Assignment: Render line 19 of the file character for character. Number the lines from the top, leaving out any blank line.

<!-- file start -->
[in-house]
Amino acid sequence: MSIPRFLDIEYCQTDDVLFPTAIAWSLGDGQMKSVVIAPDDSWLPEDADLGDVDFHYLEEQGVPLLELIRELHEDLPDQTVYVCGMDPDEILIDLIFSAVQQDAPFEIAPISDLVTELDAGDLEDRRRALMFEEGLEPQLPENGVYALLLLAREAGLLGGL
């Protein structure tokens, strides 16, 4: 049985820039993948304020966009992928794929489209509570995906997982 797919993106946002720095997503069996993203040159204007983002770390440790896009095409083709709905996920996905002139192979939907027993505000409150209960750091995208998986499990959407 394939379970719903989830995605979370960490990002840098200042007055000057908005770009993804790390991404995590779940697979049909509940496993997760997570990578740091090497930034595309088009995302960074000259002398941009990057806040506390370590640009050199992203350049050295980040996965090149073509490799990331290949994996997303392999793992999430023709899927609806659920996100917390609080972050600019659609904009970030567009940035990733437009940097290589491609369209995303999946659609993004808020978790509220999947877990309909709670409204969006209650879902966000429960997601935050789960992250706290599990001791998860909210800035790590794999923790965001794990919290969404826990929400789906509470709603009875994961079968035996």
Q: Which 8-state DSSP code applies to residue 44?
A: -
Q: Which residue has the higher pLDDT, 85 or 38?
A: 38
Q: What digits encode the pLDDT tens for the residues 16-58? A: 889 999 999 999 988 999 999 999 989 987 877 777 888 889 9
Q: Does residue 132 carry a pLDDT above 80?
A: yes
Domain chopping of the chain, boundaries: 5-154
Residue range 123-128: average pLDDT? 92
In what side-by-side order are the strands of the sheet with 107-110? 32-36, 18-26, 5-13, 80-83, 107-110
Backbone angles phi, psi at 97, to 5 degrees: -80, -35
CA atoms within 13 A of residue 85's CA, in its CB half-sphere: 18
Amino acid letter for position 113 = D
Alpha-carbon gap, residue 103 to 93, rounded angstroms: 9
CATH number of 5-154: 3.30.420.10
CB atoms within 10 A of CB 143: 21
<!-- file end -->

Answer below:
CB atoms within 10 A of CB 143: 21